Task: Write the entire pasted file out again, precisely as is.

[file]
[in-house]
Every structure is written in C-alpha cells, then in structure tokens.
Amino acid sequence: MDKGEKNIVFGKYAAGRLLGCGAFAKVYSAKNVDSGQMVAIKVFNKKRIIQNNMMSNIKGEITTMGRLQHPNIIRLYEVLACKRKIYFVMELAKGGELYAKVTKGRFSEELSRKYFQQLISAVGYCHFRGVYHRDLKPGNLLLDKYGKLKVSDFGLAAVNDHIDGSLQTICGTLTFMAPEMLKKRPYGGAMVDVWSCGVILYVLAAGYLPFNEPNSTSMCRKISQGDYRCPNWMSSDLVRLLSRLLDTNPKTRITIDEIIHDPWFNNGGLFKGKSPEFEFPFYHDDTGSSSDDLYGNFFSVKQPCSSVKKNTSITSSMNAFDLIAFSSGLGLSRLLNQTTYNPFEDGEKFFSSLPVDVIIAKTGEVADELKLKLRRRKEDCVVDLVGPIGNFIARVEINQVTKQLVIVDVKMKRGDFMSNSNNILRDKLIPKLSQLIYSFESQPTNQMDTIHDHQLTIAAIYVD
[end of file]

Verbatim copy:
[in-house]
Every structure is written in C-alpha cells, then in structure tokens.
Amino acid sequence: MDKGEKNIVFGKYAAGRLLGCGAFAKVYSAKNVDSGQMVAIKVFNKKRIIQNNMMSNIKGEITTMGRLQHPNIIRLYEVLACKRKIYFVMELAKGGELYAKVTKGRFSEELSRKYFQQLISAVGYCHFRGVYHRDLKPGNLLLDKYGKLKVSDFGLAAVNDHIDGSLQTICGTLTFMAPEMLKKRPYGGAMVDVWSCGVILYVLAAGYLPFNEPNSTSMCRKISQGDYRCPNWMSSDLVRLLSRLLDTNPKTRITIDEIIHDPWFNNGGLFKGKSPEFEFPFYHDDTGSSSDDLYGNFFSVKQPCSSVKKNTSITSSMNAFDLIAFSSGLGLSRLLNQTTYNPFEDGEKFFSSLPVDVIIAKTGEVADELKLKLRRRKEDCVVDLVGPIGNFIARVEINQVTKQLVIVDVKMKRGDFMSNSNNILRDKLIPKLSQLIYSFESQPTNQMDTIHDHQLTIAAIYVD